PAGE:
Monday, 04 April 2016 09:55

Making a good maize silage crop

Written by  Ian Williams, Pioneer forage specialist
A Pioneer hybrid showing an even plant stand and good genetic purity. A Pioneer hybrid showing an even plant stand and good genetic purity.

Maize silage harvesting is now underway in most regions.

Most of the costs of growing a maize crop are fixed, so the higher the yield per hectare, the lower the drymatter cost and the greater the potential return from your maize silage crop. I've seen bumper crops this year, but also paddocks where farmers have lost yield potential for a number of reasons. These include:

Hybrid choice

It seems obvious that choosing a high yielding hybrid is one of the first steps in ensuring a high yielding maize silage crop, yet every season I run into a handful of farmers who are prepared to sacrifice yield to get cheap maize seed. At a $4.25 payout, assuming a milksolids response of 80g/kgDM fed, it adds up to paying an extra $100/ha (including seed treatment) for a hybrid which will deliver you just 295kg more drymatter yield. A hybrid which delivers 500kg more drymatter is worth $170/ha more. Pioneer brand maize hybrid yield is increasing by an average of 311kgDM/ha per year. Newly released hybrids will almost always deliver a significant yield advantage when compared to older hybrids.

Seed quality

Not all bags of maize seed are created equal. There are significant differences in the quality of maize being sold in New Zealand. Seed which has poor germination and/or vigour will result in uneven stands with lower-than-ideal plant populations. An optimal plant population is critical to ensuring high maize silage yields.

Genetic purity

Hybrid maize seed is produced by crossing two purebred parent lines. Planted in an even paddock, genetically pure hybrid seed will produce plants which all look the same and have the same yield potential. This season we have seen plenty of non-Pioneer crops which have poor genetic purity. Plants are variable in height and flowered at slightly different times. This impacts silage yield, grain yield and even harvest timing. Always look for a hybrid which delivers an even plant stand as it's critical to achieving high and consistent yields.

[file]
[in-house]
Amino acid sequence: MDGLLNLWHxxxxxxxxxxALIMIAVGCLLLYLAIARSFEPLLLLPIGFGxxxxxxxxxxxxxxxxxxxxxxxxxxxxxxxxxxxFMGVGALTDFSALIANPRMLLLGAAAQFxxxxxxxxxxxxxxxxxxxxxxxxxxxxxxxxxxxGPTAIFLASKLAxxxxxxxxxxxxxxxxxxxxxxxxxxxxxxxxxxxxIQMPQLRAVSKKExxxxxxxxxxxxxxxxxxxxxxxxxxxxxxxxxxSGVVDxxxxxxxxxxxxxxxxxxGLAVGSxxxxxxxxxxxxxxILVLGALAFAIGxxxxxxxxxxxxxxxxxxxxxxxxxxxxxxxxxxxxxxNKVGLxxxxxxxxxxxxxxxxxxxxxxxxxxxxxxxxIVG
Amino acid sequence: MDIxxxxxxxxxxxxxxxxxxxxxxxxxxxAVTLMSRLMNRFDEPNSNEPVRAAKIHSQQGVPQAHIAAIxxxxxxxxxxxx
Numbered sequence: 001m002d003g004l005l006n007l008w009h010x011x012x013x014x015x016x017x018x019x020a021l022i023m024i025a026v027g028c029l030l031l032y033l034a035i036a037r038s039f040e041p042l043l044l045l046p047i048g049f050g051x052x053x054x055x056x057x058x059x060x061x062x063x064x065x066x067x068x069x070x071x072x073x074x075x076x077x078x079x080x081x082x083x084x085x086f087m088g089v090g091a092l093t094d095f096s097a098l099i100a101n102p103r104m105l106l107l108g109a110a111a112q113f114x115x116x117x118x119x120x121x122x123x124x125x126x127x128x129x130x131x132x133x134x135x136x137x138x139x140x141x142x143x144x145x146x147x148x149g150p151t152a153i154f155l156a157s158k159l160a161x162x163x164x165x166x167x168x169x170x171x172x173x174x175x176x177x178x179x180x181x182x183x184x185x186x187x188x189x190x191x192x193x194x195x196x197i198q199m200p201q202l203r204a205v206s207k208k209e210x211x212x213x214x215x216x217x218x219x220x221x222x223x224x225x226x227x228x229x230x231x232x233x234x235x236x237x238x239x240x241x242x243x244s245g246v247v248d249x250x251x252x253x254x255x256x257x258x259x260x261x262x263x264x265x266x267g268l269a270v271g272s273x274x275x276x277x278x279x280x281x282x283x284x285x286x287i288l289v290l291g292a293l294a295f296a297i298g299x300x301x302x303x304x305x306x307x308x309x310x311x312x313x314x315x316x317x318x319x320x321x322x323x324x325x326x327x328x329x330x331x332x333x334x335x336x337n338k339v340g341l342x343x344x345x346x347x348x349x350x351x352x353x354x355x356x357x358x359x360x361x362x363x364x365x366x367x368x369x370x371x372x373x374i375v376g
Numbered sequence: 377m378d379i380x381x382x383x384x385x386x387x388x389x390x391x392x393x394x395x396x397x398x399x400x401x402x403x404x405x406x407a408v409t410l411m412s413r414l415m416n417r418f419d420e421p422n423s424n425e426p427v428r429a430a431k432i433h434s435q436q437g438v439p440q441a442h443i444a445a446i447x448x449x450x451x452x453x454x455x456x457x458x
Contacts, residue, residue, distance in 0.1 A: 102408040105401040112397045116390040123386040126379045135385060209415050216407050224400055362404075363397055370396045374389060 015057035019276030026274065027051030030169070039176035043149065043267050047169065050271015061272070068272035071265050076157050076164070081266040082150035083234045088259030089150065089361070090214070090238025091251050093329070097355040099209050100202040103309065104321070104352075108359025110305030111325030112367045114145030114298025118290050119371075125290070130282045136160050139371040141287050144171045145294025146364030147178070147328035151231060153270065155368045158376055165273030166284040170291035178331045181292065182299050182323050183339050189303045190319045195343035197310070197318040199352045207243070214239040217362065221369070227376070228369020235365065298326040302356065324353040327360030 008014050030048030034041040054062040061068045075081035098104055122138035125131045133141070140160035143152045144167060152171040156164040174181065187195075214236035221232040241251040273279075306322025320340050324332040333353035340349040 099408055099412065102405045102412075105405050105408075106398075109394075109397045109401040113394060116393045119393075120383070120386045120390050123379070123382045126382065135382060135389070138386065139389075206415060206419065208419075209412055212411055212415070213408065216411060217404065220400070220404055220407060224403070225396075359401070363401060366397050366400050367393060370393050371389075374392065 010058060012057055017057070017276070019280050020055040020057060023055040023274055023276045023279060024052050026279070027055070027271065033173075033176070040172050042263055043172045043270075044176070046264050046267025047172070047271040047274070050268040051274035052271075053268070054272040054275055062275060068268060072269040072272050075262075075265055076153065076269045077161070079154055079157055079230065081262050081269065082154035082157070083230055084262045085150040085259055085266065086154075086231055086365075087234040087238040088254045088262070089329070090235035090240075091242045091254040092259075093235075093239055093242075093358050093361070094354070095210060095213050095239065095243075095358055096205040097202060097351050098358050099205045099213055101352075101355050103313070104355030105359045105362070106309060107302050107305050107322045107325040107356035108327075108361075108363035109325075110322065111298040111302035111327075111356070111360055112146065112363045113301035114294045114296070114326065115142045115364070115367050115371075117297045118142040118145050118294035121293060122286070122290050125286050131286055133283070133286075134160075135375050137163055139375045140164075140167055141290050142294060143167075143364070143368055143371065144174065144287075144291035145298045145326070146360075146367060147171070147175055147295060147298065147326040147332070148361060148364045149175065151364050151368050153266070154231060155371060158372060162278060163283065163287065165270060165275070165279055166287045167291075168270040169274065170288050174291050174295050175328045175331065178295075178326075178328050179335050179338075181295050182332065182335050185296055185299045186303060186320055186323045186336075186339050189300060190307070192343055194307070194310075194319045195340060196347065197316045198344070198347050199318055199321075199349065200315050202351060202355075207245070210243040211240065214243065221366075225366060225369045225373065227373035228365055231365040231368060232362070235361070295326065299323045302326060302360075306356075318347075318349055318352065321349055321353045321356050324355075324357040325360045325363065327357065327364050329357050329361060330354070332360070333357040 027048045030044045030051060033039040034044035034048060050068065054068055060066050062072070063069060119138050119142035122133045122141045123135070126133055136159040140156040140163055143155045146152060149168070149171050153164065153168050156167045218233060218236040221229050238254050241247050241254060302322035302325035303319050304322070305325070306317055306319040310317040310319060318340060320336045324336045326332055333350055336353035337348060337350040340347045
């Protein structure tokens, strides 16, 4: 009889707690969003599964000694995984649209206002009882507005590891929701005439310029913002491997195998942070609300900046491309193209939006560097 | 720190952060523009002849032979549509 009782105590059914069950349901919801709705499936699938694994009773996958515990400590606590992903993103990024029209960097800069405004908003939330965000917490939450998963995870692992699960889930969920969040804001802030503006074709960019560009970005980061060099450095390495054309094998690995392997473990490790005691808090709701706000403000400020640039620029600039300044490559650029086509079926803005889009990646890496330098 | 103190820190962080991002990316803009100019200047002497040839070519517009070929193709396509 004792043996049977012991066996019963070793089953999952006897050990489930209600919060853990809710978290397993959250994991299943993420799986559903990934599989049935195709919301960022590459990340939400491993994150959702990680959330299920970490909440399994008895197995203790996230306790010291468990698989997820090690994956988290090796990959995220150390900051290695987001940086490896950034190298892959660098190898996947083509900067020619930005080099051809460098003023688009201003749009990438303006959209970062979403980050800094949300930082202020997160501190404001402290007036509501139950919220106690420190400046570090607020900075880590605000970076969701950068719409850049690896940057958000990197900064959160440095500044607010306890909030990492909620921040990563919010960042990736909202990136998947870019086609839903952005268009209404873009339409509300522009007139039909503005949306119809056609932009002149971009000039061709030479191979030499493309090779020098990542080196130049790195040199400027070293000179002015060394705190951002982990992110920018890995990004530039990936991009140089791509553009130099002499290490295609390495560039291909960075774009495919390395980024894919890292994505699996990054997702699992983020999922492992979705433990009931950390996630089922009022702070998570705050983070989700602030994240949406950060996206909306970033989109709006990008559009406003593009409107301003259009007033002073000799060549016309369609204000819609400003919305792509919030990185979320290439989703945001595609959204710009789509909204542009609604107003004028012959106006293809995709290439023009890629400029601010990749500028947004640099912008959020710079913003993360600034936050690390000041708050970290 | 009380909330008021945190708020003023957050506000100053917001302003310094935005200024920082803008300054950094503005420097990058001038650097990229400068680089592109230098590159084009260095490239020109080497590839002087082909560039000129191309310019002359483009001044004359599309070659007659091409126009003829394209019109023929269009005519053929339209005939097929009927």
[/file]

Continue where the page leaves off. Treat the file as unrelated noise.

Seed treatment

In achieving high silage yields every plant counts. Insecticide coating is vital, especially for silage crops planted into pasture paddocks. Pioneer's Premium Seed Treatment offers a number of industry-leading fungicide, insecticide and bird repellent options to control soil borne diseases, insects and birds.

Weed control

Weeds compete with maize plants for sunlight, nutrients and water. Weedy crops produce less and the impact is even more marked in moisture-limited environments. The good news is there are a wide range of herbicides for controlling weeds in maize. If you are planting your paddock in maize silage again next season, spray it out with glyphosate prior to planting your winter pasture or crop. For paddocks coming out of pasture in the spring, implement a good pre-emergent weed control programme. Walk your crop regularly in the first few weeks after planting and be prepared to apply post-emergent herbicides where necessary.


Research has shown that maize silage can be grown on most high fertility dairy farms without the need for additional fertiliser. As long as weed control is good and moisture is not limiting, it is relatively rare to see nutrient deficient crops on dairy land. That said, always take a soil test and apply nutrients when needed.

As your maize comes off this autumn, look at the crop and see if there are ways you can improve management to get an even higher yielding maize crop in 2017. Remember more yield means lower cost drymatter and higher returns.

• Ian Williams is a Pioneer forage specialist. Contact him at This email address is being protected from spambots. You need JavaScript enabled to view it. 

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